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www.wmfd.com - For decades now, many western companies have been outsourcing manufacturing jobs overseas to take advantage of cheap production costs, but that trend may be changing. }}" />

   
 
 
Production And Jobs Moving Back To The USA

Story By: Larry Stine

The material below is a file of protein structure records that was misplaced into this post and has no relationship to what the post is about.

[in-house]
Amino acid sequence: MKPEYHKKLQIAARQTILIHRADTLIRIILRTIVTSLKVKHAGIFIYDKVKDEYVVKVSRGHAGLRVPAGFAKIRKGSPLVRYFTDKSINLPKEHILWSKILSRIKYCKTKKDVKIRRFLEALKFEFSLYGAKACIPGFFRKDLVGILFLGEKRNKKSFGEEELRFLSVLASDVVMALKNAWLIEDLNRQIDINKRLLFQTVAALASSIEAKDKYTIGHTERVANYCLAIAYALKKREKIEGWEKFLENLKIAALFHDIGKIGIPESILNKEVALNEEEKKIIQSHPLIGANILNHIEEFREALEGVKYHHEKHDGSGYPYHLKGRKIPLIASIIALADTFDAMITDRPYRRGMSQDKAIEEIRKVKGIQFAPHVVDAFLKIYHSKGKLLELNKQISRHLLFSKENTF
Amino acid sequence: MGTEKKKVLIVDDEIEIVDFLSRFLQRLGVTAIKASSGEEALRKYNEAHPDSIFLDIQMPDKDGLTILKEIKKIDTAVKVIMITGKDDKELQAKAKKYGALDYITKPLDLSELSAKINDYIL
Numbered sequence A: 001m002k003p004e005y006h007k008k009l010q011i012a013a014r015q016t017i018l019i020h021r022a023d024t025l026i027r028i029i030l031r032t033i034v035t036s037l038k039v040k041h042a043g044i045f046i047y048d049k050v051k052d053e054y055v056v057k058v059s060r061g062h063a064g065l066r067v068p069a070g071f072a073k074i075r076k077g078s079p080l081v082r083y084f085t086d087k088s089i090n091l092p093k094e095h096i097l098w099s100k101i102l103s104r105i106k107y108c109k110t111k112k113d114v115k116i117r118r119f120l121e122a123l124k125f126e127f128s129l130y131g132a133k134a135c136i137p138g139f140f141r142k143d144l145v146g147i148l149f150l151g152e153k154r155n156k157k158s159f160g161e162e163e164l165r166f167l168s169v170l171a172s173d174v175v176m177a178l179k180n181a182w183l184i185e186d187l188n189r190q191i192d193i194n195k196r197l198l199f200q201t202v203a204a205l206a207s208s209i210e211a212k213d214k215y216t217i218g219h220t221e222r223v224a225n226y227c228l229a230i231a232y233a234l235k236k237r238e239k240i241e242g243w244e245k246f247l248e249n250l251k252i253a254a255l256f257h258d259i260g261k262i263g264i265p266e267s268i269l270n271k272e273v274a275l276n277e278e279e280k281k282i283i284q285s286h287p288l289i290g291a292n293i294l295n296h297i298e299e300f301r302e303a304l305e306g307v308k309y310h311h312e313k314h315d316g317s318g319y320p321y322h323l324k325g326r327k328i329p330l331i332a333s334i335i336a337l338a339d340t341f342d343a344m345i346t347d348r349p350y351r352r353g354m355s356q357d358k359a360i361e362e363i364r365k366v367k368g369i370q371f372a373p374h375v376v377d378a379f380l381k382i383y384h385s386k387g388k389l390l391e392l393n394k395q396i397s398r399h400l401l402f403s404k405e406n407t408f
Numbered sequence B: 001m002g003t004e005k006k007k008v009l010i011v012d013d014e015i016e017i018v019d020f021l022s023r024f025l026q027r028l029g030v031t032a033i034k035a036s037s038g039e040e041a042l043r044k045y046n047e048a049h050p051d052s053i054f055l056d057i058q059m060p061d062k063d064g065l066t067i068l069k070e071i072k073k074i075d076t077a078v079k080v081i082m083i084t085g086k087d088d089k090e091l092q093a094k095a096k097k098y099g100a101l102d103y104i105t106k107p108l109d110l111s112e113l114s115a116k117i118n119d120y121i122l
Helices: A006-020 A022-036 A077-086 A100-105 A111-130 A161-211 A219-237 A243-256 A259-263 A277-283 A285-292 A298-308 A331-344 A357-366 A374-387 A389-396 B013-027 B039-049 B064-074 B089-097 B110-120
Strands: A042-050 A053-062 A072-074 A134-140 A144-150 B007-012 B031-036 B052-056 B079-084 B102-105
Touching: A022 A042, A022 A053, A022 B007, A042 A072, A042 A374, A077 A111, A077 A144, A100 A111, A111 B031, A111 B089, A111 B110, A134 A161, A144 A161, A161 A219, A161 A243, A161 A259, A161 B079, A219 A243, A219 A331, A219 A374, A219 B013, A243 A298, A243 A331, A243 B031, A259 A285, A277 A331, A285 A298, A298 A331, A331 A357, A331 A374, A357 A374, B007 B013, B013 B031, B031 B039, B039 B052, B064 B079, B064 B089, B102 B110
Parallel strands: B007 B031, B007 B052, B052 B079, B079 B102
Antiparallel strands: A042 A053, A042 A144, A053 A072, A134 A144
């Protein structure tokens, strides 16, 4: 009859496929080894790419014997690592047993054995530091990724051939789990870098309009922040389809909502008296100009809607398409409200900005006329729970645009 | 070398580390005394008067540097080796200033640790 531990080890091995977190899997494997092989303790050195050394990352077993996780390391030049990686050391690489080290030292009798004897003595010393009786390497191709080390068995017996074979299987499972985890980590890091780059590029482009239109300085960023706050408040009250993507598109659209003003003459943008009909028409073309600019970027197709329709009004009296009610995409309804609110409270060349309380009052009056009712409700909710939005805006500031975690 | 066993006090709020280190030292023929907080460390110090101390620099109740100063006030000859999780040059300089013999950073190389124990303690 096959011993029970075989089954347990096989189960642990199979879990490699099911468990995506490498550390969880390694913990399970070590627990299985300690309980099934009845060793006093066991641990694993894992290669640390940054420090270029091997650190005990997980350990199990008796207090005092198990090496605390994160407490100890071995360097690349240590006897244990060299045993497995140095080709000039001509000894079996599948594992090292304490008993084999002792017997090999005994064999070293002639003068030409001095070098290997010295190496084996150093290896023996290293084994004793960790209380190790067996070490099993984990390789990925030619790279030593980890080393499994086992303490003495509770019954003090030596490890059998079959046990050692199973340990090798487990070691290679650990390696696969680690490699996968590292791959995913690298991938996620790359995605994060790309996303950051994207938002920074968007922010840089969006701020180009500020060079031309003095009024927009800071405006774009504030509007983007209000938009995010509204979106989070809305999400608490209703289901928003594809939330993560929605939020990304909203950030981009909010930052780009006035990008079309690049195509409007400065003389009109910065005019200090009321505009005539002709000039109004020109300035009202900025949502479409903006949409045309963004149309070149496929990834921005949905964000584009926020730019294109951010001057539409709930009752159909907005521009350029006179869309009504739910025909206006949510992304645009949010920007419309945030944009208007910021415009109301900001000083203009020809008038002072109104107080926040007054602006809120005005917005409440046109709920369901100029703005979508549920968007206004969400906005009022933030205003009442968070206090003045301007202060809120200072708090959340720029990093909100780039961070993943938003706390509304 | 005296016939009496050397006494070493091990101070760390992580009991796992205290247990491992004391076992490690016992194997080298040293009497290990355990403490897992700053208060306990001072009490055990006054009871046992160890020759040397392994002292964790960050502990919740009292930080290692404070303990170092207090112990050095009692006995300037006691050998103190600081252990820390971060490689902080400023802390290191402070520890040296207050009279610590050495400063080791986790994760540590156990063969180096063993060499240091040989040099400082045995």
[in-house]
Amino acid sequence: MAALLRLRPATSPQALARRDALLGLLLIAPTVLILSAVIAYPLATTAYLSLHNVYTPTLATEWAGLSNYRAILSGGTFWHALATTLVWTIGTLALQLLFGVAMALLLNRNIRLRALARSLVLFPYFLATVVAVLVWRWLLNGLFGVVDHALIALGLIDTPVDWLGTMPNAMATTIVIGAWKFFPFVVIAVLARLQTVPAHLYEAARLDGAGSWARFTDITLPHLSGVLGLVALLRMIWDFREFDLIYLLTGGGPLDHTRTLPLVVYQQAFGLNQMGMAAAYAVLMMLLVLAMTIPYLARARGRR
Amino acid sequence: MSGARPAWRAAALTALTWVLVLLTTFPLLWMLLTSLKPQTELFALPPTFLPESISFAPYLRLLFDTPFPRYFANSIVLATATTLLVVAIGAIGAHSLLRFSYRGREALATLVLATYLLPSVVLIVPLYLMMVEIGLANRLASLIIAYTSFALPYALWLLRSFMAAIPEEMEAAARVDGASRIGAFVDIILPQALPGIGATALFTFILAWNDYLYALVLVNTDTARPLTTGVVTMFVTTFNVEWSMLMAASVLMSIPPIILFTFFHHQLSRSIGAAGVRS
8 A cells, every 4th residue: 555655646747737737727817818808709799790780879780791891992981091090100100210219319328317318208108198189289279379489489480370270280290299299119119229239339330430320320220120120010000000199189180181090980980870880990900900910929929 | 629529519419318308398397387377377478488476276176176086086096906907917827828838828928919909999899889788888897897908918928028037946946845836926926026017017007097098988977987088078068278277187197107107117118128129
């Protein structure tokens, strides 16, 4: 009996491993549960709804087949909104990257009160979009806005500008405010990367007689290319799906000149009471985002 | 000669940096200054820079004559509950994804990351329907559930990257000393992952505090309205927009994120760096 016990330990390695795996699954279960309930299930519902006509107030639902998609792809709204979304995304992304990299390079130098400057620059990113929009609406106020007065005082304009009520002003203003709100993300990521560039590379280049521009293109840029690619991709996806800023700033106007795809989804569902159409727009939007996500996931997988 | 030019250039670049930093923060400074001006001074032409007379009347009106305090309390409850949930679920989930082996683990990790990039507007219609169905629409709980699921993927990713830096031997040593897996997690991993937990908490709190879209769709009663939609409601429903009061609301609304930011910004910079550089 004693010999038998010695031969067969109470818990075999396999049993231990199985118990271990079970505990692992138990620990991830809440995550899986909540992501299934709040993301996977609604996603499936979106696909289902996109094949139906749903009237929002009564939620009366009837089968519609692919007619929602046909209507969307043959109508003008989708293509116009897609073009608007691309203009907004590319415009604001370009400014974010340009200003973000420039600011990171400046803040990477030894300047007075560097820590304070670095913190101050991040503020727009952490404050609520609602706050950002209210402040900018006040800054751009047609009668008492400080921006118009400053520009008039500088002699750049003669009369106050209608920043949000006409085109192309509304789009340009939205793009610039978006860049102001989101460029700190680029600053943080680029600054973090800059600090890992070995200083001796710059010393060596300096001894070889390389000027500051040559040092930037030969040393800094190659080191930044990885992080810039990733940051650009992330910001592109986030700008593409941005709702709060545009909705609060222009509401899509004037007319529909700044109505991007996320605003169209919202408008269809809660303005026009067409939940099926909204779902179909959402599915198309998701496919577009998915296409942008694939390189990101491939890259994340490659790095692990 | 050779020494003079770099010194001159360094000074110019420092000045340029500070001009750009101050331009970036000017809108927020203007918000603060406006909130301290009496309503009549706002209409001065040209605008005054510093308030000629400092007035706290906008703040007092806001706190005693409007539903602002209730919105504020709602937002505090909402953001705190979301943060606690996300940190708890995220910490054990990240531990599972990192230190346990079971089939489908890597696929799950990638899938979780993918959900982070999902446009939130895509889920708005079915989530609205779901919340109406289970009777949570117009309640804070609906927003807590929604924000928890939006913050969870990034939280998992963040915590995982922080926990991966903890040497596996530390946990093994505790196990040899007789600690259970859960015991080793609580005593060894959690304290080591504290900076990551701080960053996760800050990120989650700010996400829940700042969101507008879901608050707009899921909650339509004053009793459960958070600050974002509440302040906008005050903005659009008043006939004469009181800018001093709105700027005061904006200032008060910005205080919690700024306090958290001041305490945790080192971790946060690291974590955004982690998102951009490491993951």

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  Original Published: 5/19/2013  For decades now, many western companies have been outsourcing manufacturing jobs overseas to take advantage of cheap production costs.    But that trend may be changing.    CNN's Maggie Lake went to New Jersey, and spoke with a small business owner who says making things at home is more cost-effective, even if wage bills are higher.   Workers are cranking out precision machine parts at the Komo manufacturing plant in Lakeoowd, New Jersey.   "We're in the process of building some building table machines here," says Mike Kolibas of Koba.   Two years ago, this work was done by Chinese laborers in the city of Nanjing.   Today, production and jobs have moved back to the United States. More than 50 people are now employed here, many of whom were unemployed a few years back.   "I said we have to get this product back here, because that's what our workforce wants, that's what our customers want," says Kolibas.   The machines you are looking at here were actually in China.   One big reason: Quality control. Customers of Komo's metal and wood cutting machines perceived products made in China as cheap./ And while Chinese labor is less expensive than in the U.S....   "I find that I hire one skilled mechanical assembler or electrical assembler here. I would probably need five over in China, that's the skill difference," says Kolibas. "   The bottom line?   "We have become more profitable because of this move. We're doing better here financially than we were in China," says Kolibas.   Komo is not the only manufacturer bringing jobs back to the U.S. As wages in low-cost factory centers rise, the cost benefits of outsourciing is fading fast.   Apple says it will make more computers here.   And Walmart is committed to stocking more American made products.   "The renaissance is definitely there. America is now a more attractive place to manufacture, the dollars is at more appropriate levels and also because we've got a lot of cheap energy coming online," says Brookings Senior Fellow Martin Neil Baley.   A renaissance maybe, but times have changed.   "Fifty years ago, manufacturing was the pathway to the middle class for so many Americans. Even if you didn't have much of an education, if you were highly motivated and smart, you could succeed. But experts say the future of manufacturing in America may look very different," says CNN's Maggie Lake. "A lot of the jobs that are basically tied to manufacturing now are white collar jobs, service sector jobs, rather than factory floor jobs."   That demands a more skilled workforce. Komo and other manufacturers would like to hire more, but many people coming through their doors, just don't have the skills.   Challenges remain, but with millions still out of work, any jobs returning to the U.S. can make a big difference for communities.   "A veteran from World War II, Iwo Jima, he just wanted to shake my hand and thank me for bringng manufacturing back to the United States," says Kolibas.   The Made in the USA label, is proudly on display again at Komo, many in the U.S. hope the label, is here to stay.  
   
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